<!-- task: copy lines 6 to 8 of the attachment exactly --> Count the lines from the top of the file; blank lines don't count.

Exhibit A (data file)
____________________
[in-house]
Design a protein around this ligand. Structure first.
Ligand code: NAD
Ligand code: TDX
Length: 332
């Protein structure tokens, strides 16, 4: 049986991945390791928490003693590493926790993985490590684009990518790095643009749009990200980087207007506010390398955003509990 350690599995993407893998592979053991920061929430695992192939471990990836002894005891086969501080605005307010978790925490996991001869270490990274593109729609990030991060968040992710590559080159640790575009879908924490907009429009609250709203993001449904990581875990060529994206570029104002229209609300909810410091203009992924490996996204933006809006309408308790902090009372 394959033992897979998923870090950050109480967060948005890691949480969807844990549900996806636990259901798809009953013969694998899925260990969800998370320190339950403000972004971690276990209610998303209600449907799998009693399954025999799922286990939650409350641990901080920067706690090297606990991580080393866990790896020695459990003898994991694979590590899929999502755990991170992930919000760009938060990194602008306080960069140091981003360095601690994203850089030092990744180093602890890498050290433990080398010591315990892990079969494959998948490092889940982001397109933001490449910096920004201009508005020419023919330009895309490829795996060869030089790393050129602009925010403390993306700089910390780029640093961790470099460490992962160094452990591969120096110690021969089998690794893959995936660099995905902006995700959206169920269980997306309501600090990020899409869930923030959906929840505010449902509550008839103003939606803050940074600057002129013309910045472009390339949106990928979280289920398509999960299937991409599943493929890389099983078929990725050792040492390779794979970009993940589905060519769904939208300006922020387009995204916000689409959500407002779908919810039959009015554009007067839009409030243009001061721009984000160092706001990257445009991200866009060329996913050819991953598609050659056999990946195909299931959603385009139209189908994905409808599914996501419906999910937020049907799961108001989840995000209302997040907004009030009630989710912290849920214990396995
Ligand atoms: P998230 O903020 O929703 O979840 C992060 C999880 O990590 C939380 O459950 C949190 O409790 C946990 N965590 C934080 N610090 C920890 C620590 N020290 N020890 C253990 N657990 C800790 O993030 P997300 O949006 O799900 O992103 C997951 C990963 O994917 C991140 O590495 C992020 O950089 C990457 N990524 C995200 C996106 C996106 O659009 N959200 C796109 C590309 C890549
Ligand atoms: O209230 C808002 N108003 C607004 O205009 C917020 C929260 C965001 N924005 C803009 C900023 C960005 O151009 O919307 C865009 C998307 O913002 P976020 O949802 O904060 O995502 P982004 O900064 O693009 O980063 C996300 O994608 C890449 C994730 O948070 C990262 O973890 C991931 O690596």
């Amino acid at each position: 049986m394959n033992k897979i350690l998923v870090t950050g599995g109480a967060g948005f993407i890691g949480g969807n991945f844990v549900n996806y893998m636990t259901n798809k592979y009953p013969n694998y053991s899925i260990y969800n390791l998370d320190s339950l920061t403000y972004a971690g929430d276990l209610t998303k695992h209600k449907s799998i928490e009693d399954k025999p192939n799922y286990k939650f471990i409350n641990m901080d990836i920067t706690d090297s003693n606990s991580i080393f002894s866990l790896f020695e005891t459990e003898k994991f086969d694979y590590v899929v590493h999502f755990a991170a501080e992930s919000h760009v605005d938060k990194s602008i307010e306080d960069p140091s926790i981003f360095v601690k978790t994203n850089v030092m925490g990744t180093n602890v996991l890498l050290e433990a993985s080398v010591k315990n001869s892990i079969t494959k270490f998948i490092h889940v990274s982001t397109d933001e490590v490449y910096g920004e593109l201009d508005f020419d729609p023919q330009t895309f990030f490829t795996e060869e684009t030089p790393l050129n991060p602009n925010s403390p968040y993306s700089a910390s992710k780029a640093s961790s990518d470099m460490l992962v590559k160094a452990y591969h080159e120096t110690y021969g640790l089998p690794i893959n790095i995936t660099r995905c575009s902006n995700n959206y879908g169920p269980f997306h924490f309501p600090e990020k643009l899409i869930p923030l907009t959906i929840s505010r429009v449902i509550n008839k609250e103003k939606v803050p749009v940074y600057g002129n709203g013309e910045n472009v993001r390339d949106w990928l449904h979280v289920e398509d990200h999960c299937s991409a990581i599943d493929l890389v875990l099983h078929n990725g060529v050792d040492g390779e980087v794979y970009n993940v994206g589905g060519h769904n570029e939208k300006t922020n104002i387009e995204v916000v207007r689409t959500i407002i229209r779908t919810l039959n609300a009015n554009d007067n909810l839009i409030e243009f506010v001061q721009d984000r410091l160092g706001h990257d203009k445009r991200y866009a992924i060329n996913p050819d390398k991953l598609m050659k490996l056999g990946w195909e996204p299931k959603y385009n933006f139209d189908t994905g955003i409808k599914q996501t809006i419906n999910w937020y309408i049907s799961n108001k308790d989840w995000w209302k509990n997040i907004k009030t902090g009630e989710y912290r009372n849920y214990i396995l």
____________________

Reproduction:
């Protein structure tokens, strides 16, 4: 049986991945390791928490003693590493926790993985490590684009990518790095643009749009990200980087207007506010390398955003509990 350690599995993407893998592979053991920061929430695992192939471990990836002894005891086969501080605005307010978790925490996991001869270490990274593109729609990030991060968040992710590559080159640790575009879908924490907009429009609250709203993001449904990581875990060529994206570029104002229209609300909810410091203009992924490996996204933006809006309408308790902090009372 394959033992897979998923870090950050109480967060948005890691949480969807844990549900996806636990259901798809009953013969694998899925260990969800998370320190339950403000972004971690276990209610998303209600449907799998009693399954025999799922286990939650409350641990901080920067706690090297606990991580080393866990790896020695459990003898994991694979590590899929999502755990991170992930919000760009938060990194602008306080960069140091981003360095601690994203850089030092990744180093602890890498050290433990080398010591315990892990079969494959998948490092889940982001397109933001490449910096920004201009508005020419023919330009895309490829795996060869030089790393050129602009925010403390993306700089910390780029640093961790470099460490992962160094452990591969120096110690021969089998690794893959995936660099995905902006995700959206169920269980997306309501600090990020899409869930923030959906929840505010449902509550008839103003939606803050940074600057002129013309910045472009390339949106990928979280289920398509999960299937991409599943493929890389099983078929990725050792040492390779794979970009993940589905060519769904939208300006922020387009995204916000689409959500407002779908919810039959009015554009007067839009409030243009001061721009984000160092706001990257445009991200866009060329996913050819991953598609050659056999990946195909299931959603385009139209189908994905409808599914996501419906999910937020049907799961108001989840995000209302997040907004009030009630989710912290849920214990396995
Ligand atoms: P998230 O903020 O929703 O979840 C992060 C999880 O990590 C939380 O459950 C949190 O409790 C946990 N965590 C934080 N610090 C920890 C620590 N020290 N020890 C253990 N657990 C800790 O993030 P997300 O949006 O799900 O992103 C997951 C990963 O994917 C991140 O590495 C992020 O950089 C990457 N990524 C995200 C996106 C996106 O659009 N959200 C796109 C590309 C890549
Ligand atoms: O209230 C808002 N108003 C607004 O205009 C917020 C929260 C965001 N924005 C803009 C900023 C960005 O151009 O919307 C865009 C998307 O913002 P976020 O949802 O904060 O995502 P982004 O900064 O693009 O980063 C996300 O994608 C890449 C994730 O948070 C990262 O973890 C991931 O690596």